Miami hasn't suffered a direct hit from a major hurricane in quite some time, but serious flooding events are becoming distressingly common in the Magic City. Last week, a tropical disturbance came to South Florida via the Bahamas a full month ahead of this year's hurricane season. And, on Sunday, water poured along some main thoroughfares in Miami, including sections of Wynwood and Little Havana.
Unfortunately, more rain is coming. The National Weather Service today warned that more severe thunderstorms are marching toward Miami as we speak. A flood advisory is in place until at least 6:45 p.m., and boats near Miami are being told to seek safe harbor:
Severe Thunderstorm Warning continues for Miami FL, Miami Beach FL, Kendall FL until 4:15 PM EDT pic.twitter.com/kAcYrW1kcK— NWS Miami (@NWSMiami) May 6, 2019
Miami residents already spent much of Sunday fighting back torrents of water. Social media videos showed massive floods everywhere from downtown to Little Havana to Wynwood. In some areas of Miami, clouds dumped as much as five inches of rain in just two hours. Roads clogged, traffic came to a halt, and critical areas, including the University of Miami's medical campus, reported flooding:
Today doesn't seem to bode well for Miamians, either. As storm clouds have crept in from the western side of the state, residents are already posting photos of downed trees and clogged roads, especially in South Dade:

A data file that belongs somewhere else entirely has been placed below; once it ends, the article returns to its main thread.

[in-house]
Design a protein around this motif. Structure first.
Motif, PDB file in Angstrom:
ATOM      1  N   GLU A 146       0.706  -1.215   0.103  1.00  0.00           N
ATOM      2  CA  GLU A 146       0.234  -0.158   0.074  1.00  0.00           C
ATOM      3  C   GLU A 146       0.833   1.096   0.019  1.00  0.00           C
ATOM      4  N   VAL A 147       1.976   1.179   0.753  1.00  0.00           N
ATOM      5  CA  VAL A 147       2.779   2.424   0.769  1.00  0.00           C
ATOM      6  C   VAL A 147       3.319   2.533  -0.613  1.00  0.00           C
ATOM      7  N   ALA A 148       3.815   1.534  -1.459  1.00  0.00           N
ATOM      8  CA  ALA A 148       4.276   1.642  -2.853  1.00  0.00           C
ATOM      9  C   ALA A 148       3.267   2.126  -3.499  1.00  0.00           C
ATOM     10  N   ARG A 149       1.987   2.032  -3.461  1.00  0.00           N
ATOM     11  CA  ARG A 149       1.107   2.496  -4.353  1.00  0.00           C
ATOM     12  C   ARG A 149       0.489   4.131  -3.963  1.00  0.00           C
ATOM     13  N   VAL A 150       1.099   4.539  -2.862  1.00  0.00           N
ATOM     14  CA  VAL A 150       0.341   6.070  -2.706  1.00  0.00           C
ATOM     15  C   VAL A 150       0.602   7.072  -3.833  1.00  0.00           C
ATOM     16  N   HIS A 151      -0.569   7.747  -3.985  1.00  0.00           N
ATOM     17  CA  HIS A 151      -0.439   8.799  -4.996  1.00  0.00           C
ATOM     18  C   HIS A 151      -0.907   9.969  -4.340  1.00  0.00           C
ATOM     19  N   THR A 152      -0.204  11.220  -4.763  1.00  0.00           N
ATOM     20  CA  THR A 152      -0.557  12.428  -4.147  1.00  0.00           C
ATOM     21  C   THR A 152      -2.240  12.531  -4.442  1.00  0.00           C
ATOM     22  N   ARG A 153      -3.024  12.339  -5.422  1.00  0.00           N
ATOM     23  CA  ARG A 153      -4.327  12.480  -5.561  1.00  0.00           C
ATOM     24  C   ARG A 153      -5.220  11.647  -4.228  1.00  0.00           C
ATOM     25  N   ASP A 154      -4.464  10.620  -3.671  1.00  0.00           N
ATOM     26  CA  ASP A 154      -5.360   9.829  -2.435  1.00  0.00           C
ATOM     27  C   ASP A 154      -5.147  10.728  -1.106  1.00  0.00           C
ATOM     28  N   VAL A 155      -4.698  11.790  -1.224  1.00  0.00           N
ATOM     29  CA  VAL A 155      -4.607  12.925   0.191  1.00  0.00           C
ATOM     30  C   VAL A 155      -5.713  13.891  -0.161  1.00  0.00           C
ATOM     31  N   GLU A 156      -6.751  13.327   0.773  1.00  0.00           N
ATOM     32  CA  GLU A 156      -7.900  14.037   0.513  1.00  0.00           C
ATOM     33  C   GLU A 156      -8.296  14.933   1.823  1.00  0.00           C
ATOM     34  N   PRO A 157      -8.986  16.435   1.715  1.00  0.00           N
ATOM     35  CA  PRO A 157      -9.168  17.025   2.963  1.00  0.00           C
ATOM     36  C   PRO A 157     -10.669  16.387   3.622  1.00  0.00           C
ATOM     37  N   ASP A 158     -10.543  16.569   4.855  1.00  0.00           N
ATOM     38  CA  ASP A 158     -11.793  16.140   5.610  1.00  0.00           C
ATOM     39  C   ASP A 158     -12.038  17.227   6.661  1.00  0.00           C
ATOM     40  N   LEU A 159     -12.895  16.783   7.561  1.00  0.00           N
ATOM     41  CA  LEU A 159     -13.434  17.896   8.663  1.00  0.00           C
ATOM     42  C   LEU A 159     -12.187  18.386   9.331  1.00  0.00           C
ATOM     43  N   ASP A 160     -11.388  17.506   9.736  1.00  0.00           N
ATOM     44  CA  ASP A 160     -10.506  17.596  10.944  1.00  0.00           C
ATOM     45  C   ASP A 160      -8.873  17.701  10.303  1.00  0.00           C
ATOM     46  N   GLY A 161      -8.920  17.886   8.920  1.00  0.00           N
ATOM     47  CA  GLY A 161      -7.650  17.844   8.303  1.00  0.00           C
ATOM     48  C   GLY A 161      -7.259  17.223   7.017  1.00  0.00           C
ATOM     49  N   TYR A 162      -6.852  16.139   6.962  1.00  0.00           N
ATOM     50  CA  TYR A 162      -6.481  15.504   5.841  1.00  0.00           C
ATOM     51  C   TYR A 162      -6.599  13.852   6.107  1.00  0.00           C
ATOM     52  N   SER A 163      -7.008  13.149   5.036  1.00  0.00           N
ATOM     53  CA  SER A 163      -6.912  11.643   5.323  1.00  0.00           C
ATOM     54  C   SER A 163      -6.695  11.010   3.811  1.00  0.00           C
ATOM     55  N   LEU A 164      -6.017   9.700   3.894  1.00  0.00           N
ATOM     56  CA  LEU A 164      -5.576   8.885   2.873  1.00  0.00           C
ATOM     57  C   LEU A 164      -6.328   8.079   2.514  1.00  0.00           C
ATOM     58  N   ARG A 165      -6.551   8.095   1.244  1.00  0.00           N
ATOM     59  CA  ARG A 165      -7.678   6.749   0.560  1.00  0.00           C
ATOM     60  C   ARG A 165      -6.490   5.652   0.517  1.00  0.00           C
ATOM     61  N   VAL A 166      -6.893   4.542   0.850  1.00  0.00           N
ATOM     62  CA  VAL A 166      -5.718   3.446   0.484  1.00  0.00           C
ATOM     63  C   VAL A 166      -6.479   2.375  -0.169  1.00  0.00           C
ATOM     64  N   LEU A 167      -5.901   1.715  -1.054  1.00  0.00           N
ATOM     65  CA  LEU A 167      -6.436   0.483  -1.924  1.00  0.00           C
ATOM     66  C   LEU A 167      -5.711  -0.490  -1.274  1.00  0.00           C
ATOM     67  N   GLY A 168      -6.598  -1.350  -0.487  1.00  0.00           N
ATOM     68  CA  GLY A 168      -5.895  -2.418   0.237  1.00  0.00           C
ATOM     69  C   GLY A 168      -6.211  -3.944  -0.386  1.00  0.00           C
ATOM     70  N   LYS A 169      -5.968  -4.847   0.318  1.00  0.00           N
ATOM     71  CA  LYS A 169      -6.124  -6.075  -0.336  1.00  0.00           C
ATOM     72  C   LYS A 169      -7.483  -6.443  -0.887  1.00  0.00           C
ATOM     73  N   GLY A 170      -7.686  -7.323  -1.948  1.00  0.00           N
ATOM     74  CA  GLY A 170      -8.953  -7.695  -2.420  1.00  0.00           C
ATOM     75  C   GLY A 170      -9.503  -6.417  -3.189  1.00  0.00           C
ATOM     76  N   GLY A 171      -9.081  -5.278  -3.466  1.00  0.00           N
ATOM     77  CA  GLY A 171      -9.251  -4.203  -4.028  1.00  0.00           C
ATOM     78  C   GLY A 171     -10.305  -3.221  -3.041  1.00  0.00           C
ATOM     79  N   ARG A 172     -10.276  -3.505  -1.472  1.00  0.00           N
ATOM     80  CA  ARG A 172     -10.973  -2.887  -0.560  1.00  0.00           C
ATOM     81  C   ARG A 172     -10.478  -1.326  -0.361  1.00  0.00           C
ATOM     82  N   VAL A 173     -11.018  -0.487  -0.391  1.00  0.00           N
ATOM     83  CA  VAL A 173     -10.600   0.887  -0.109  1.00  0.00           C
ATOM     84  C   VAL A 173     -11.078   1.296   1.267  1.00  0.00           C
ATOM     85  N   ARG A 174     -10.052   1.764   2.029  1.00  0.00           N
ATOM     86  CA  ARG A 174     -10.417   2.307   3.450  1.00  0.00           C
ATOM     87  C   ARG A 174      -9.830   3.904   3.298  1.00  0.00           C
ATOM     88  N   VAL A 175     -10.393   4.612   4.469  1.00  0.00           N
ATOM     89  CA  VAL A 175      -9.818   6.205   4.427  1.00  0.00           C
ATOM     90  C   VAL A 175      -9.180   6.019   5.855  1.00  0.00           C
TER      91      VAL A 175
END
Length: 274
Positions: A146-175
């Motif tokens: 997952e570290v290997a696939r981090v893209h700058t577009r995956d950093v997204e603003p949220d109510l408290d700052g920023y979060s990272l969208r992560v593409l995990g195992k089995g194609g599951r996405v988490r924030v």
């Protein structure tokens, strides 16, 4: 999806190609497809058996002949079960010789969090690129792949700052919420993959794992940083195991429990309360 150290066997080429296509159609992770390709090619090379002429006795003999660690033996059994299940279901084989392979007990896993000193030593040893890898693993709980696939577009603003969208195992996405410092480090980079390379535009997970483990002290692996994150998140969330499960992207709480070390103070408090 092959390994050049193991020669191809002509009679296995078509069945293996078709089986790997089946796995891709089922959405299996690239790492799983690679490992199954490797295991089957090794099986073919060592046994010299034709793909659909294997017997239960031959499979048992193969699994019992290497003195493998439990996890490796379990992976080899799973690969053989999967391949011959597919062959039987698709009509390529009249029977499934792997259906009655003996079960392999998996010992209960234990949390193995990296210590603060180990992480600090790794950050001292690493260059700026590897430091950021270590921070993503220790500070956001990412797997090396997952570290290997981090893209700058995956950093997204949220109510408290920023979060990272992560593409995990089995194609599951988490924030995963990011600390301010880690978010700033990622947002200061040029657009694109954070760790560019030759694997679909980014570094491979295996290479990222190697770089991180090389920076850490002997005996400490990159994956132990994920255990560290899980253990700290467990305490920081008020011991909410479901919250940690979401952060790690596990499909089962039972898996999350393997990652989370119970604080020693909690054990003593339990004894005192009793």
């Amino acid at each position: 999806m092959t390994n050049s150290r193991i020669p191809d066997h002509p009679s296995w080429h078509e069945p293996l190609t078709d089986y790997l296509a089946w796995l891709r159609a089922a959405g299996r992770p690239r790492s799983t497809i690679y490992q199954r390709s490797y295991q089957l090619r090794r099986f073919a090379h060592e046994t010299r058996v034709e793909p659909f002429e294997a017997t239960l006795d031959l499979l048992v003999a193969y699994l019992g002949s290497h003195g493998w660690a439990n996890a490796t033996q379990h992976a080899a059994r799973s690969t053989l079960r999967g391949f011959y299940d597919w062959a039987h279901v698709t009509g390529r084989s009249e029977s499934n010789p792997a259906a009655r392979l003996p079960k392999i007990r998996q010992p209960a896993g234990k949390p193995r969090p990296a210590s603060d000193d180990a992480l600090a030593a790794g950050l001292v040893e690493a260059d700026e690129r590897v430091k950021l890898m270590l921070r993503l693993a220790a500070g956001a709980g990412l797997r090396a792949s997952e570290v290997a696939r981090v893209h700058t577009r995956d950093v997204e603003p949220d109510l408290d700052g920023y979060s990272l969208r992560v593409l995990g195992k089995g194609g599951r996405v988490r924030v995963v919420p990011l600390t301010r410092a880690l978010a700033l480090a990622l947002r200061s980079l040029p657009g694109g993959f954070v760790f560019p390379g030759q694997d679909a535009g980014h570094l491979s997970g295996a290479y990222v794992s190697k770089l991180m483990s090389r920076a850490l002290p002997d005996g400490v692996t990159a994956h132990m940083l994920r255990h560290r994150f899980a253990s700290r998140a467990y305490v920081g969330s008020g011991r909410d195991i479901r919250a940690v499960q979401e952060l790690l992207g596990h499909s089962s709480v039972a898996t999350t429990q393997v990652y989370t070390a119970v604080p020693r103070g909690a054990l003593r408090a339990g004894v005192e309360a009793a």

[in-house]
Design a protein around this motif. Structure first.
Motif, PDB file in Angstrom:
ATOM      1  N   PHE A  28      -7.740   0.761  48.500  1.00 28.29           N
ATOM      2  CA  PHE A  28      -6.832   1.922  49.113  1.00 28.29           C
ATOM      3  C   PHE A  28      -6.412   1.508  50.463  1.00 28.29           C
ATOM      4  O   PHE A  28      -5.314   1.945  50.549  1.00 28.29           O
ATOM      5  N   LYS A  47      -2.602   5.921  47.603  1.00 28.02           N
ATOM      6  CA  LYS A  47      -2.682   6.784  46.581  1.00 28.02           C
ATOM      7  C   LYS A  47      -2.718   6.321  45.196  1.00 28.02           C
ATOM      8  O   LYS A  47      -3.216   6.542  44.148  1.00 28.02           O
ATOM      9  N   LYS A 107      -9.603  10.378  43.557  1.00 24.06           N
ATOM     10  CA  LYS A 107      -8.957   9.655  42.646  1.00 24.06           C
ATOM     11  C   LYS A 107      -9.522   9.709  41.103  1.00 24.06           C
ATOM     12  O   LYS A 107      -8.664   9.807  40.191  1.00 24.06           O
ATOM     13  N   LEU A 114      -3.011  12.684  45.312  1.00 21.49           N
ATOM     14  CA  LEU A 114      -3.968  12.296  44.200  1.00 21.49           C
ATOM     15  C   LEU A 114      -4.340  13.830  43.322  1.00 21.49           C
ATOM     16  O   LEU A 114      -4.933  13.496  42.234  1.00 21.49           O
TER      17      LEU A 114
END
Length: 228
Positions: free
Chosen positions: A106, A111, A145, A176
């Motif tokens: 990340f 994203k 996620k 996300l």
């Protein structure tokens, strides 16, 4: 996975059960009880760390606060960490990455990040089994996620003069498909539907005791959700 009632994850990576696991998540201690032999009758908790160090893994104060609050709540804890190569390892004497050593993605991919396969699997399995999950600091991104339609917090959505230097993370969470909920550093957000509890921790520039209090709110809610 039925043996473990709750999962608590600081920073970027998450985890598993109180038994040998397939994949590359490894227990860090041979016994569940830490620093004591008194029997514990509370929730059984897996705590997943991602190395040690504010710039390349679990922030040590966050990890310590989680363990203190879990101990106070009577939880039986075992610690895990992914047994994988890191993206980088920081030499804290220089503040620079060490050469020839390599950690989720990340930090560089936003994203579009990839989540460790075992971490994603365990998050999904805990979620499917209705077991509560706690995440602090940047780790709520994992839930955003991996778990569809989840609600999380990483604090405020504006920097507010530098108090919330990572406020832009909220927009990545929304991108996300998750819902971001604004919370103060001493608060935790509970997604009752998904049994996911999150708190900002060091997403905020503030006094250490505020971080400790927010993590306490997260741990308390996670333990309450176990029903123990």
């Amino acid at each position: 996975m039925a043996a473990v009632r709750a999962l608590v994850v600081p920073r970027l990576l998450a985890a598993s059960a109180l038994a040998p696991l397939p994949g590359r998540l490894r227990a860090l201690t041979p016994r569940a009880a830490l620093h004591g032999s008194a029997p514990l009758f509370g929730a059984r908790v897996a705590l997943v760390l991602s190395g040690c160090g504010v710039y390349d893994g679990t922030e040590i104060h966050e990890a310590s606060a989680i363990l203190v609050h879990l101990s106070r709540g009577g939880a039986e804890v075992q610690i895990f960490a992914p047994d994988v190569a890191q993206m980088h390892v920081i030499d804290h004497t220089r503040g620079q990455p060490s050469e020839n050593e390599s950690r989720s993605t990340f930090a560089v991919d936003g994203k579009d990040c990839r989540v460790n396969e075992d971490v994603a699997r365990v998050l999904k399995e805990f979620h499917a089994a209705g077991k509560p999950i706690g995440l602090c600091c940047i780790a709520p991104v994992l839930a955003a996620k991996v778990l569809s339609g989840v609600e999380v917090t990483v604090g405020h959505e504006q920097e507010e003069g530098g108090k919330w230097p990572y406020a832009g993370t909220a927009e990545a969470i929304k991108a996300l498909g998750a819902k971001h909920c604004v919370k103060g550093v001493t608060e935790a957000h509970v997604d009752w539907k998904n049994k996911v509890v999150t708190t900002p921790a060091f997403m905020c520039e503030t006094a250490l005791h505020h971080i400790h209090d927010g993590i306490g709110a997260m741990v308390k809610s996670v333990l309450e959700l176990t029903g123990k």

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Miami has seen a number of similarly huge rain events in recent years. Most notably, extensive rains, sea level rise, and king tides combined in late 2017 to create a series of sizable floods across the community. Some businesses reported major water damage. After one round of flooding in October 2017, the City of Miami warned that the effects were essentially "like a hurricane" without the storm-force winds.
That same year, Miami Beach residents heaped scorn on then-Mayor Philip Levine after he fought to install flood pumps throughout large areas of the city. The pumps failed to beat back the waves of water — but Levine and other city officials warned that the pumps weren't designed to handle water of that magnitude. After those flooding mishaps, Miami Beach installed new backup generators for some pumping stations. City of Miami residents subsequently voted to raise their own taxes to fund new hardening measures in that town as well.
Of course, this will almost certainly get worse long before it gets better. As seas continue to rise, the Union of Concerned Scientists warns that more than one million Florida homes could see chronic flooding — defined as more than 26 days of flooding per year — by the year 2100.